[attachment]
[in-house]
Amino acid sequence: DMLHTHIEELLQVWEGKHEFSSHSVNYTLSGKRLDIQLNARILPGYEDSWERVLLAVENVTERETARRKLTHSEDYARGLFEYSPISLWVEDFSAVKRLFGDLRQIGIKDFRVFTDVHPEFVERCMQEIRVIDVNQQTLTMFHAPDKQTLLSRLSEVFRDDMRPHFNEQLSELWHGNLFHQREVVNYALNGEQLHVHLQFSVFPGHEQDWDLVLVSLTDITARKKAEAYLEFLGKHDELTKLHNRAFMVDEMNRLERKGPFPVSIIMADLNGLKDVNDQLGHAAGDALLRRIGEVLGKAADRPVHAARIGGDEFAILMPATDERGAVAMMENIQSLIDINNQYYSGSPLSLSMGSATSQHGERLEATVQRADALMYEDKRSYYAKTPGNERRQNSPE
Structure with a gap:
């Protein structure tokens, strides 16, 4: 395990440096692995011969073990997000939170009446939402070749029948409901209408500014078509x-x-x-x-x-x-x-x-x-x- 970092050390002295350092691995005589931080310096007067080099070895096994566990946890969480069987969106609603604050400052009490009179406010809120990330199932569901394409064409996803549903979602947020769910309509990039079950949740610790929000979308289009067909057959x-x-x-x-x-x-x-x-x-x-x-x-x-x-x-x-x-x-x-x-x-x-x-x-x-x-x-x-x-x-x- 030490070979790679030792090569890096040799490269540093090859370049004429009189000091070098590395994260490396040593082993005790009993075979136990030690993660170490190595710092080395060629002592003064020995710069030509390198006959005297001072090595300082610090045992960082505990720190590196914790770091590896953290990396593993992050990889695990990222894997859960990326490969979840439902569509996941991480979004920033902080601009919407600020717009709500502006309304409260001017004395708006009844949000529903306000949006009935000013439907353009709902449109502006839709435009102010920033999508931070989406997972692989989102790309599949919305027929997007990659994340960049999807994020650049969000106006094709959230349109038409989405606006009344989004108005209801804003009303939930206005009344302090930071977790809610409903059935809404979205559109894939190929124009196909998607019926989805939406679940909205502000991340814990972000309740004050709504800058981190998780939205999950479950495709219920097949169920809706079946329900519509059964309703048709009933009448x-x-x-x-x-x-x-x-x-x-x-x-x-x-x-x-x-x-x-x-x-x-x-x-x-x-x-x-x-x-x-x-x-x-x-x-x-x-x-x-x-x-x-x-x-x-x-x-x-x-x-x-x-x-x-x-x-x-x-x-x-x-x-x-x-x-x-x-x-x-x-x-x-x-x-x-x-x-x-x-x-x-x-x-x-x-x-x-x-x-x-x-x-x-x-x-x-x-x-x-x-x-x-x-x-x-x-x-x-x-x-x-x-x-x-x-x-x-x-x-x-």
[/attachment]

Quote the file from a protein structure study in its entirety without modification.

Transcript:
[in-house]
Amino acid sequence: DMLHTHIEELLQVWEGKHEFSSHSVNYTLSGKRLDIQLNARILPGYEDSWERVLLAVENVTERETARRKLTHSEDYARGLFEYSPISLWVEDFSAVKRLFGDLRQIGIKDFRVFTDVHPEFVERCMQEIRVIDVNQQTLTMFHAPDKQTLLSRLSEVFRDDMRPHFNEQLSELWHGNLFHQREVVNYALNGEQLHVHLQFSVFPGHEQDWDLVLVSLTDITARKKAEAYLEFLGKHDELTKLHNRAFMVDEMNRLERKGPFPVSIIMADLNGLKDVNDQLGHAAGDALLRRIGEVLGKAADRPVHAARIGGDEFAILMPATDERGAVAMMENIQSLIDINNQYYSGSPLSLSMGSATSQHGERLEATVQRADALMYEDKRSYYAKTPGNERRQNSPE
Structure with a gap:
């Protein structure tokens, strides 16, 4: 395990440096692995011969073990997000939170009446939402070749029948409901209408500014078509x-x-x-x-x-x-x-x-x-x- 970092050390002295350092691995005589931080310096007067080099070895096994566990946890969480069987969106609603604050400052009490009179406010809120990330199932569901394409064409996803549903979602947020769910309509990039079950949740610790929000979308289009067909057959x-x-x-x-x-x-x-x-x-x-x-x-x-x-x-x-x-x-x-x-x-x-x-x-x-x-x-x-x-x-x- 030490070979790679030792090569890096040799490269540093090859370049004429009189000091070098590395994260490396040593082993005790009993075979136990030690993660170490190595710092080395060629002592003064020995710069030509390198006959005297001072090595300082610090045992960082505990720190590196914790770091590896953290990396593993992050990889695990990222894997859960990326490969979840439902569509996941991480979004920033902080601009919407600020717009709500502006309304409260001017004395708006009844949000529903306000949006009935000013439907353009709902449109502006839709435009102010920033999508931070989406997972692989989102790309599949919305027929997007990659994340960049999807994020650049969000106006094709959230349109038409989405606006009344989004108005209801804003009303939930206005009344302090930071977790809610409903059935809404979205559109894939190929124009196909998607019926989805939406679940909205502000991340814990972000309740004050709504800058981190998780939205999950479950495709219920097949169920809706079946329900519509059964309703048709009933009448x-x-x-x-x-x-x-x-x-x-x-x-x-x-x-x-x-x-x-x-x-x-x-x-x-x-x-x-x-x-x-x-x-x-x-x-x-x-x-x-x-x-x-x-x-x-x-x-x-x-x-x-x-x-x-x-x-x-x-x-x-x-x-x-x-x-x-x-x-x-x-x-x-x-x-x-x-x-x-x-x-x-x-x-x-x-x-x-x-x-x-x-x-x-x-x-x-x-x-x-x-x-x-x-x-x-x-x-x-x-x-x-x-x-x-x-x-x-x-x-x-």